A commenter at the G Bitch Spot recently said,

I can’t help but wonder why the term ‘carpetbagger’ is so pervasive – and (the real issue) why so many New Orleanians seem border-line condescending to those who didn’t grow up here.

Leaving aside the “carpetbagger” question (far, far to the side), I thought the “condescending to those who didn’t grow up here” deserves consideration.

I don’t need to toss around links to support this commenter’s claim.  It’s not a revelation by any means.  As a non-native New Orleanian, I’ve certainly felt the condescension s/he refers to.

I have to admit that a lot of the condescension is earned.  As a native Northerner, I know that when we come South we can be a pretty sanctimonious bunch.  I’m sure I’ve been guilty of that.  After living 17 of the last 20 years in the South, the last 12 in New Orleans, I’m resigned to the condescension–to a point.

What I’ve always objected to is how this condescension morphs when combined with nationalistic zeal.  You know, New Orleans chauvinism.  We’re the best city in the world.  Have the best radio station in the universe.   “Only New Orleans is real, the rest is done with mirrors.”

I like that nationalistic thing to a point.  It can be fun, and given what an underdog New Orleans is in almost every conceivable way, it doesn’t seem so brutish.  I even have that “Only New Orleans is real” sign hanging in my office at work.  Plus, there’s basis in fact.  New Orleans is truly that unique.  It deserves to be celebrated–and protected.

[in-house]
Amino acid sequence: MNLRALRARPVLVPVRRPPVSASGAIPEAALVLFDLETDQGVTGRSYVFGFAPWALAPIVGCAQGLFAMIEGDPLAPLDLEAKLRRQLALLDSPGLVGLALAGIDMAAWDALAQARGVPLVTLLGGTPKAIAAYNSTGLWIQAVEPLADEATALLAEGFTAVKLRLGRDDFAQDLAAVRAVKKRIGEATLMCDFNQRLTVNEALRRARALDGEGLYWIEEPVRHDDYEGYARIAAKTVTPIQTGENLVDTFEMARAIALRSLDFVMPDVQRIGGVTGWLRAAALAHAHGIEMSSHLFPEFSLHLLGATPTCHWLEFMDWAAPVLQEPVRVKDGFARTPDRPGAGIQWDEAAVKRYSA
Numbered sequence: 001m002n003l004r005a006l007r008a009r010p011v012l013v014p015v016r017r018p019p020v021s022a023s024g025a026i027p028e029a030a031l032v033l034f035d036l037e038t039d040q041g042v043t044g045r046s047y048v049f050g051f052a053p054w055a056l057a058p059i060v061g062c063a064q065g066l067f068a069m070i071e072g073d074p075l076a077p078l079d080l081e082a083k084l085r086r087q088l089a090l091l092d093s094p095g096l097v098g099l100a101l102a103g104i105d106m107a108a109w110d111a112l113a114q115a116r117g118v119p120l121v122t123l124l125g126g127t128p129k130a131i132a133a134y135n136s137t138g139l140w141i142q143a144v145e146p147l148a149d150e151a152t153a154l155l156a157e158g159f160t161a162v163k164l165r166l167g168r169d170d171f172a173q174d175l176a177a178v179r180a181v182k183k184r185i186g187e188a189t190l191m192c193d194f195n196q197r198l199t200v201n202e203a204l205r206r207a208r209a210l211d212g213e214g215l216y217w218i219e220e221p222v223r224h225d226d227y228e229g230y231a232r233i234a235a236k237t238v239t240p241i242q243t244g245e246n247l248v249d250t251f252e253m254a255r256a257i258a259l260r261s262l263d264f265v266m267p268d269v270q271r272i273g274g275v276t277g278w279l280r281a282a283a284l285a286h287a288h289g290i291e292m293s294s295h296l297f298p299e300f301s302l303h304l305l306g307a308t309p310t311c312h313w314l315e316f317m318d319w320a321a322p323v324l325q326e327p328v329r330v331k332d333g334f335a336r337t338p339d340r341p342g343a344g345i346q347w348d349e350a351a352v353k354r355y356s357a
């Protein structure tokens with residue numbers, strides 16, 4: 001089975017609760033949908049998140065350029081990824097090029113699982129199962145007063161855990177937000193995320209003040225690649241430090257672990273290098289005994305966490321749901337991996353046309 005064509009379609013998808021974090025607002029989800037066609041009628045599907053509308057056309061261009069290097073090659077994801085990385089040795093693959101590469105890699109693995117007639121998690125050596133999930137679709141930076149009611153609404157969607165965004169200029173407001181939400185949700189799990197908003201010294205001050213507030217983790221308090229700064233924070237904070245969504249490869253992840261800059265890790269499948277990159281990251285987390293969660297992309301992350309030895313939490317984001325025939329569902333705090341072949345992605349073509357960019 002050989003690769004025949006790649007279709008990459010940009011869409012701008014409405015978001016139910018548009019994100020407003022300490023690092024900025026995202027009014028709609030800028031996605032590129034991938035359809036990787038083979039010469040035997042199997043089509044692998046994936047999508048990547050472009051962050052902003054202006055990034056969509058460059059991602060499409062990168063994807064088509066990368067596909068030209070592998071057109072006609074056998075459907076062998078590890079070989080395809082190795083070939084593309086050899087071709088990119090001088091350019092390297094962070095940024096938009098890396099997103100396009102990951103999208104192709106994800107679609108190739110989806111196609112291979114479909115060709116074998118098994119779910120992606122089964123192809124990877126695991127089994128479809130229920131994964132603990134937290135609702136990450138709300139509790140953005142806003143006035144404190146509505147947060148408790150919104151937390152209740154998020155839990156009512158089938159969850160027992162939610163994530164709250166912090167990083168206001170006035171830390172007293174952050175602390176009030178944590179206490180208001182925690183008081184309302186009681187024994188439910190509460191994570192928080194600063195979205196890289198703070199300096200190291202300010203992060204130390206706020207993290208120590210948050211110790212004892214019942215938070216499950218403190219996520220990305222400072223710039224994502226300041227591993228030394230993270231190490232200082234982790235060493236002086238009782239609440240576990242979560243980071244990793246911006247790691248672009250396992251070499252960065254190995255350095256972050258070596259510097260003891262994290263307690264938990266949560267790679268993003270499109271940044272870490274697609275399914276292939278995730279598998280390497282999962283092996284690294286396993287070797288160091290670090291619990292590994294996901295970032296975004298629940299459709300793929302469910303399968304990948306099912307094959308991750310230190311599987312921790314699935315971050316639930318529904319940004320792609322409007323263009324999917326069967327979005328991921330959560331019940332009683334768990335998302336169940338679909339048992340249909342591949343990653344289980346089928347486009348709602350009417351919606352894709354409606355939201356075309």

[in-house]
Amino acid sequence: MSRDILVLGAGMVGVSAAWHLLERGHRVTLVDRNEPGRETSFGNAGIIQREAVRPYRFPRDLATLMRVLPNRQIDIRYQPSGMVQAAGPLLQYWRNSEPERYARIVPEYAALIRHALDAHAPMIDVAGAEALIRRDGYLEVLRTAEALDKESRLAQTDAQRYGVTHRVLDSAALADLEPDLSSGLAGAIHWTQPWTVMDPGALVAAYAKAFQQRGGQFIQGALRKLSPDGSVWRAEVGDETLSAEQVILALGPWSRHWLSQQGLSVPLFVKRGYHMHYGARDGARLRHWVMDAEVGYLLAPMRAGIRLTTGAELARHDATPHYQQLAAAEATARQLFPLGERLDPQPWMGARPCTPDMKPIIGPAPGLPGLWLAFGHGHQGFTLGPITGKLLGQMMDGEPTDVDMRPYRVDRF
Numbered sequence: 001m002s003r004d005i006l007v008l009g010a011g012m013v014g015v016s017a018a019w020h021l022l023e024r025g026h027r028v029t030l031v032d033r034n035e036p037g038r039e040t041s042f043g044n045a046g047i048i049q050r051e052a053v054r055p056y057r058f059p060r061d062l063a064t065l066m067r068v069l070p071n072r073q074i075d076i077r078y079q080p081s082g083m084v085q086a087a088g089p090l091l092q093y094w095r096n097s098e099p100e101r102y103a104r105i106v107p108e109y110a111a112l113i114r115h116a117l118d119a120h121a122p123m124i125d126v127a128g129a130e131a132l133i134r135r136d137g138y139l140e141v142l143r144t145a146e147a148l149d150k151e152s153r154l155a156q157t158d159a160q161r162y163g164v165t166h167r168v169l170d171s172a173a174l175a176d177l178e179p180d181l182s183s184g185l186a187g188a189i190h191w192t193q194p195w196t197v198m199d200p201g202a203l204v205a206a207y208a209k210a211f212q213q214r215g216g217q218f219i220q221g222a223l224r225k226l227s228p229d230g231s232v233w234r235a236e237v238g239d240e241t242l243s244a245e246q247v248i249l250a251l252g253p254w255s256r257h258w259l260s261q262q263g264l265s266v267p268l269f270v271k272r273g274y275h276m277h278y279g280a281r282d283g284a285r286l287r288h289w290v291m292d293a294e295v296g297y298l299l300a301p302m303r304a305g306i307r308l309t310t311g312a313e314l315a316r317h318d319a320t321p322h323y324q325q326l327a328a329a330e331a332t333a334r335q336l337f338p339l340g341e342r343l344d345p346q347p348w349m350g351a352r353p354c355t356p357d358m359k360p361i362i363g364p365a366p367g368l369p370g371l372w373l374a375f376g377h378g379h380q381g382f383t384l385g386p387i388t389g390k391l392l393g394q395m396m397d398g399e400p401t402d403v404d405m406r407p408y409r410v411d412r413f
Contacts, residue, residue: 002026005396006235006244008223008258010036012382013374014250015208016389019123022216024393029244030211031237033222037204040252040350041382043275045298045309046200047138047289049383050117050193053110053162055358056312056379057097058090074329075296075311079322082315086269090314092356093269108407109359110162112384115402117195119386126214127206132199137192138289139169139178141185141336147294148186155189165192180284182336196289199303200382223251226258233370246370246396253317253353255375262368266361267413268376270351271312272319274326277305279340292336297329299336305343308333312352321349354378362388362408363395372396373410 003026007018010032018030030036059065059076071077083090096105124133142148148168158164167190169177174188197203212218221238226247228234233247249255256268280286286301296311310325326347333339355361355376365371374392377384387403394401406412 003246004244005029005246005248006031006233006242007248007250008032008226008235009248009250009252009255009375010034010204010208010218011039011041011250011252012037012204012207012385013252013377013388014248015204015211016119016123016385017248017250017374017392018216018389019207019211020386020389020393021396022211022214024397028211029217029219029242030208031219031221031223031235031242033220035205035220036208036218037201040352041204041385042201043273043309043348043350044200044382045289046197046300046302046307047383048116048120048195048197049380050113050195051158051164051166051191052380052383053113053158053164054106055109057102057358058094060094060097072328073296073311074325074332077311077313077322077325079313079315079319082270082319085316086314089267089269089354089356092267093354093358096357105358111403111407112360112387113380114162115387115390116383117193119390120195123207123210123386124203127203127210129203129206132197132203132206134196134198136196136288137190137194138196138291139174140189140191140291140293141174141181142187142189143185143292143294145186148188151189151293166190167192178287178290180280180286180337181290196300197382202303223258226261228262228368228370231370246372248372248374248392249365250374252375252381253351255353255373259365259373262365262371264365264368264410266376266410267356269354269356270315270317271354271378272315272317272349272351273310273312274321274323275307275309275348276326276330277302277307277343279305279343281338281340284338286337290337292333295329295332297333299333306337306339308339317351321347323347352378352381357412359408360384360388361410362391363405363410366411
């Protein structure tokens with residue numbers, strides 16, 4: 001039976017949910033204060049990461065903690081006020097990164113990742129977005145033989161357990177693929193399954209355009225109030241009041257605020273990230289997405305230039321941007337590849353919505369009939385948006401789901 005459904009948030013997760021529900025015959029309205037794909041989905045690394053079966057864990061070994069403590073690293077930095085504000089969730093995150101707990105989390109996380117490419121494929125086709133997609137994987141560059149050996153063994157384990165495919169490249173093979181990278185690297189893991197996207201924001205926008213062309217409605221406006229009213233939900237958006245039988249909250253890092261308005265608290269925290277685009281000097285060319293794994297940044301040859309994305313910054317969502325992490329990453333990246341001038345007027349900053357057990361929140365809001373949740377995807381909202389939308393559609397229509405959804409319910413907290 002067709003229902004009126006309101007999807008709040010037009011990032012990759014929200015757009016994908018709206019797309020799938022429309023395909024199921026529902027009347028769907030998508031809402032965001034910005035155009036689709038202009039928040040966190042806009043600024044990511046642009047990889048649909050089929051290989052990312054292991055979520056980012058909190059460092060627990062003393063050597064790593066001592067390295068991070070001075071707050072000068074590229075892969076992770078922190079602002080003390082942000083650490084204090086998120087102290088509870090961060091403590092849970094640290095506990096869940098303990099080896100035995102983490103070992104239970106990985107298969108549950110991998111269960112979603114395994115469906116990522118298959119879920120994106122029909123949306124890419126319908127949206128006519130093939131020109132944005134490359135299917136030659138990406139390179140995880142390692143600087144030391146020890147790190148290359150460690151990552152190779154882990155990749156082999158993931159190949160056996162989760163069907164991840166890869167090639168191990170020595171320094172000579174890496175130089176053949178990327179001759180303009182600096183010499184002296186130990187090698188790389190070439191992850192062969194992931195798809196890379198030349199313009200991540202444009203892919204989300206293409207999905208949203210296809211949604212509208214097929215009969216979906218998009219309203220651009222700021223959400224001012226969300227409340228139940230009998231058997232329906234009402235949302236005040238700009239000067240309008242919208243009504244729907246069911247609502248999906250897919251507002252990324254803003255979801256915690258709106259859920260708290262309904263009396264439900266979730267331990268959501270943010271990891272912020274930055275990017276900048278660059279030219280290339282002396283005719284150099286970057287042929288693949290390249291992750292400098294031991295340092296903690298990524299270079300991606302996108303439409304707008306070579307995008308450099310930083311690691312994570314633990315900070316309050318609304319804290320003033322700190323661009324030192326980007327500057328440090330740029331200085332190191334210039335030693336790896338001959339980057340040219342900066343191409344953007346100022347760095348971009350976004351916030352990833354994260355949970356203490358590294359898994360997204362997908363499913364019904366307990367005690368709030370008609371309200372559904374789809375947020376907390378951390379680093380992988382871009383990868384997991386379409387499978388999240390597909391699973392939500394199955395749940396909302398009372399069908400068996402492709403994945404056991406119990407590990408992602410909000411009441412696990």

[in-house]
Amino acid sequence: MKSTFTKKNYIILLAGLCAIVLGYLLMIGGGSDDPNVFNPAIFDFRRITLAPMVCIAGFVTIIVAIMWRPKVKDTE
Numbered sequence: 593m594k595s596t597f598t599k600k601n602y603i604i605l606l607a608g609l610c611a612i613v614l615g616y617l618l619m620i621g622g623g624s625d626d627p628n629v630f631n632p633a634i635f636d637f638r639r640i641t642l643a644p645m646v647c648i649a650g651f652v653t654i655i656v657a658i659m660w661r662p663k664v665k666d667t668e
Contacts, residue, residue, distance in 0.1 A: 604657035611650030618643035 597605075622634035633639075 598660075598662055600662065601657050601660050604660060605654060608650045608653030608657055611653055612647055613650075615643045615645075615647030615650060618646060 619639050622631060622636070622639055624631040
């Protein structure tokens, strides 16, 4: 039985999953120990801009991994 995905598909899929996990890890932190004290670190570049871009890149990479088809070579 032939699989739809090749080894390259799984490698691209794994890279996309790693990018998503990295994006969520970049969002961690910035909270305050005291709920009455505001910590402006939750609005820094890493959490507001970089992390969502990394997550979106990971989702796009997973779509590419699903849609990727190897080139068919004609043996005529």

But.

When the condescension is simply reflexive, automatically dismissive, then I start pulling at the thread and I ask, Isn’t this on the same continuum as the “blood-relative ordinance” that St. Bernard Parish tried to impose after Katrina?

If we want New Orleans to grow, we need to import people, or outlaw birth control, right?

I say all this not to excuse the stupid things outsiders will say about New Orleans, nor to excuse in any way the damage someone like Ed Blakely has done to the city.

Personally, I cede nothing.  I’ve come to think of myself as having dual citizenship.   I don’t live in Louisiana, I’m a New Orleanian (I have this pet idea that any non-native who lived here before the federal floods and came back is now a naturalized New Orleanian).   And I’m also from that place done with mirrors.  So it’s all good.

Derek Bridges lives in New Orleans with Dedra Johnson and their daughter g, trading in words and pictures. A carpetbagger, he grew up in the top right corner of IL and later went to college in the middle cornfield part. He has also lived in MS and FL (for educational purposes only) and was diasporized for a time in TX. Dog, cat.

4 Comment on “About Not Being From Here

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